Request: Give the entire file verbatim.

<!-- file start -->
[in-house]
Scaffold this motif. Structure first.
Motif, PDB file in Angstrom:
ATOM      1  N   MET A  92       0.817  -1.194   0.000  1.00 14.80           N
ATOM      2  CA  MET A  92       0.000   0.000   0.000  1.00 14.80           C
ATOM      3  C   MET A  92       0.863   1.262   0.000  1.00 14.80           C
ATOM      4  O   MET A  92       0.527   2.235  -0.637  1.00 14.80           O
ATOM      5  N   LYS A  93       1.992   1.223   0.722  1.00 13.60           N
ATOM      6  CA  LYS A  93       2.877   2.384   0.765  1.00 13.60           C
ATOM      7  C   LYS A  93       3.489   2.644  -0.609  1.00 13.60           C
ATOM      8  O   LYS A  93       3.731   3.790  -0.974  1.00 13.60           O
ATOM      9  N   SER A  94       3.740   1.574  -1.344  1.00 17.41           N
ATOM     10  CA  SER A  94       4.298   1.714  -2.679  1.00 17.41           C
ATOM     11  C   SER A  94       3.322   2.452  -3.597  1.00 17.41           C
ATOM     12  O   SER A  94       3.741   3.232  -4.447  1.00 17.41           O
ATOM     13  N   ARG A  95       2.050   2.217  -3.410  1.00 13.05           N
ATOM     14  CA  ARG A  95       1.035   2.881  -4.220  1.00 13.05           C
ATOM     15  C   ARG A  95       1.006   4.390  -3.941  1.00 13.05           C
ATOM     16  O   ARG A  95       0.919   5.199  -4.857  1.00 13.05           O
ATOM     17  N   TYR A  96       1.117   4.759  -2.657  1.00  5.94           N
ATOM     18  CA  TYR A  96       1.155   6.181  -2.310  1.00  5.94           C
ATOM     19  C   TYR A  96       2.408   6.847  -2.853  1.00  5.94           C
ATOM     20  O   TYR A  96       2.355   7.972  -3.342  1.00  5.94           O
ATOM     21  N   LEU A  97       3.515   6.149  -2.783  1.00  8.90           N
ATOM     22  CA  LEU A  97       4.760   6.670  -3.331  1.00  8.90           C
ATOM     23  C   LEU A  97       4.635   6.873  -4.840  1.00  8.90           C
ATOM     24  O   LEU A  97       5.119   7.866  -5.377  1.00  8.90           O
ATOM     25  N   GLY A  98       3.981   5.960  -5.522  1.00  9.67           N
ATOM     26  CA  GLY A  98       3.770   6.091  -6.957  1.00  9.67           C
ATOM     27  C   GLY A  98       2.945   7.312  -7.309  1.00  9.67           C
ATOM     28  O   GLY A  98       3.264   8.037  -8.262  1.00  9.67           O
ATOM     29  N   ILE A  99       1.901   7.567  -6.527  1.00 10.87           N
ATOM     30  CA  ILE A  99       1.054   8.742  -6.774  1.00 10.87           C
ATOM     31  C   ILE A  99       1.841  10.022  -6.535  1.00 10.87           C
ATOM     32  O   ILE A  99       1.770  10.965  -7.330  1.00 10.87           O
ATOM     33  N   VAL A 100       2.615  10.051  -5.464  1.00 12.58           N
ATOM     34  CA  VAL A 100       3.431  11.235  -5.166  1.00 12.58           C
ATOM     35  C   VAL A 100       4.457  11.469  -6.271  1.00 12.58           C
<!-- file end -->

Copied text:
[in-house]
Scaffold this motif. Structure first.
Motif, PDB file in Angstrom:
ATOM      1  N   MET A  92       0.817  -1.194   0.000  1.00 14.80           N
ATOM      2  CA  MET A  92       0.000   0.000   0.000  1.00 14.80           C
ATOM      3  C   MET A  92       0.863   1.262   0.000  1.00 14.80           C
ATOM      4  O   MET A  92       0.527   2.235  -0.637  1.00 14.80           O
ATOM      5  N   LYS A  93       1.992   1.223   0.722  1.00 13.60           N
ATOM      6  CA  LYS A  93       2.877   2.384   0.765  1.00 13.60           C
ATOM      7  C   LYS A  93       3.489   2.644  -0.609  1.00 13.60           C
ATOM      8  O   LYS A  93       3.731   3.790  -0.974  1.00 13.60           O
ATOM      9  N   SER A  94       3.740   1.574  -1.344  1.00 17.41           N
ATOM     10  CA  SER A  94       4.298   1.714  -2.679  1.00 17.41           C
ATOM     11  C   SER A  94       3.322   2.452  -3.597  1.00 17.41           C
ATOM     12  O   SER A  94       3.741   3.232  -4.447  1.00 17.41           O
ATOM     13  N   ARG A  95       2.050   2.217  -3.410  1.00 13.05           N
ATOM     14  CA  ARG A  95       1.035   2.881  -4.220  1.00 13.05           C
ATOM     15  C   ARG A  95       1.006   4.390  -3.941  1.00 13.05           C
ATOM     16  O   ARG A  95       0.919   5.199  -4.857  1.00 13.05           O
ATOM     17  N   TYR A  96       1.117   4.759  -2.657  1.00  5.94           N
ATOM     18  CA  TYR A  96       1.155   6.181  -2.310  1.00  5.94           C
ATOM     19  C   TYR A  96       2.408   6.847  -2.853  1.00  5.94           C
ATOM     20  O   TYR A  96       2.355   7.972  -3.342  1.00  5.94           O
ATOM     21  N   LEU A  97       3.515   6.149  -2.783  1.00  8.90           N
ATOM     22  CA  LEU A  97       4.760   6.670  -3.331  1.00  8.90           C
ATOM     23  C   LEU A  97       4.635   6.873  -4.840  1.00  8.90           C
ATOM     24  O   LEU A  97       5.119   7.866  -5.377  1.00  8.90           O
ATOM     25  N   GLY A  98       3.981   5.960  -5.522  1.00  9.67           N
ATOM     26  CA  GLY A  98       3.770   6.091  -6.957  1.00  9.67           C
ATOM     27  C   GLY A  98       2.945   7.312  -7.309  1.00  9.67           C
ATOM     28  O   GLY A  98       3.264   8.037  -8.262  1.00  9.67           O
ATOM     29  N   ILE A  99       1.901   7.567  -6.527  1.00 10.87           N
ATOM     30  CA  ILE A  99       1.054   8.742  -6.774  1.00 10.87           C
ATOM     31  C   ILE A  99       1.841  10.022  -6.535  1.00 10.87           C
ATOM     32  O   ILE A  99       1.770  10.965  -7.330  1.00 10.87           O
ATOM     33  N   VAL A 100       2.615  10.051  -5.464  1.00 12.58           N
ATOM     34  CA  VAL A 100       3.431  11.235  -5.166  1.00 12.58           C
ATOM     35  C   VAL A 100       4.457  11.469  -6.271  1.00 12.58           C